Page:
Grazing Oklahoma: Common Sunflower

(Photos courtesy of the Noble Research Institute)

By Josh Gaskamp

Characteristics: Common sunflower is an annual, warm-season forb native to North America. It can occasionally grow taller than 12 feet high in moist, nutrient-rich soils, but commonly reaches five to 10 feet tall. Widely branching, thick green stems are covered with stiff white hairs making it rough to the touch. Leaves can vary in shape from plant to plant, but leaves may also vary as a plant matures. New leaves are often lanceolate and become heart-shaped when mature. Leaves are also coarse like sandpaper as the upper and lower surfaces are covered in stiff hairs. The upper stems end in an inflorescence made up of many ray and disk flowers from July to August. Often mistaken as a single flower, this structure rotates to face the sun throughout the day.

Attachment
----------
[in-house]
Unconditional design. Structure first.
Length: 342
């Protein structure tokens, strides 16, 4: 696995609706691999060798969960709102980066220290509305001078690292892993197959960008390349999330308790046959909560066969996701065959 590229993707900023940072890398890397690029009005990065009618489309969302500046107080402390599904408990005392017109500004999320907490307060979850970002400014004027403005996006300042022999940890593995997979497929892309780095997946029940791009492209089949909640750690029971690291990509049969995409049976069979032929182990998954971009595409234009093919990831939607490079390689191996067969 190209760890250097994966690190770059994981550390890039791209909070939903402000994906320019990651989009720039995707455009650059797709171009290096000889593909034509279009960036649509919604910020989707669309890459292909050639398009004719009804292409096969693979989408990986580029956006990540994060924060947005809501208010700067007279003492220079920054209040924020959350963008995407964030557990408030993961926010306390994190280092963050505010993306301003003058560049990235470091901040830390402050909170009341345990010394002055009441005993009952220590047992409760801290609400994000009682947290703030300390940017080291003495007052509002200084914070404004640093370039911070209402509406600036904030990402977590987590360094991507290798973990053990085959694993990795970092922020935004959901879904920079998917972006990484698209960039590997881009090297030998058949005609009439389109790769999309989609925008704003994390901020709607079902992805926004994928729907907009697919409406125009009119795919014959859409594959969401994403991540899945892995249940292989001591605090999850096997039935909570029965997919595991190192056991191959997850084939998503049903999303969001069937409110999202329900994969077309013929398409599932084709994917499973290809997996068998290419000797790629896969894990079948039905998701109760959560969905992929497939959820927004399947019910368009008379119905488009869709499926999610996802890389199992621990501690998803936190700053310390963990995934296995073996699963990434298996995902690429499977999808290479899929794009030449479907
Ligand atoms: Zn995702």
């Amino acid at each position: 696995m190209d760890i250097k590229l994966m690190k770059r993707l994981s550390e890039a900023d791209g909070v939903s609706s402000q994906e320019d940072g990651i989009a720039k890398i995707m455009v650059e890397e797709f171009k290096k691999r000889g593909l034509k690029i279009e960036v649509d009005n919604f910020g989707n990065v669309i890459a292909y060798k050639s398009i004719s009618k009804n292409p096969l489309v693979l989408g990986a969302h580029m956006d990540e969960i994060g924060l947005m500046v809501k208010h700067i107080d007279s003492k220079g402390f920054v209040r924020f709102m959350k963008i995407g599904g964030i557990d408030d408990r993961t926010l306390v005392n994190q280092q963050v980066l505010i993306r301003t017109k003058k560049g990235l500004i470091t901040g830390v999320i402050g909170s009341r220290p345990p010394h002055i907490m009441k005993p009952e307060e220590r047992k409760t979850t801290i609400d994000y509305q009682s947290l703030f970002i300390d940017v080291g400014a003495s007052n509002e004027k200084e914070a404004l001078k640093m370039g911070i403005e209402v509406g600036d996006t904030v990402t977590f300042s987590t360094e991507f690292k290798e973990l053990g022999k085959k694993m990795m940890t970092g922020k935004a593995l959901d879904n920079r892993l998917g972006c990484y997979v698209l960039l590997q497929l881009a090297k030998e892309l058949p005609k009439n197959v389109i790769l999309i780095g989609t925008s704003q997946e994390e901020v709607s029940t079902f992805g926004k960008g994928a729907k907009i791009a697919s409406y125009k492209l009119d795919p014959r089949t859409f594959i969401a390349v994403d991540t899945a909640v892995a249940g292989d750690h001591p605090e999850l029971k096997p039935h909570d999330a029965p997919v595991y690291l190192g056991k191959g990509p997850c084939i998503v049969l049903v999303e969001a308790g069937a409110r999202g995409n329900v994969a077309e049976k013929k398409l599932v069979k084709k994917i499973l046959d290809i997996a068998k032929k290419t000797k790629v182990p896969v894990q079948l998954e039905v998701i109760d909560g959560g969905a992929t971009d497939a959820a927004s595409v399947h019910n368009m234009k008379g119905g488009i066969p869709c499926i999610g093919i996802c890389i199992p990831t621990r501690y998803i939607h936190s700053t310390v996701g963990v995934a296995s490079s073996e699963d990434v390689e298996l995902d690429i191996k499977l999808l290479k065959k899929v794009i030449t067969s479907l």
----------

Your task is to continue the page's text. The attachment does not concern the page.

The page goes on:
Learn more about the common sunflower in the September issue of OKFR!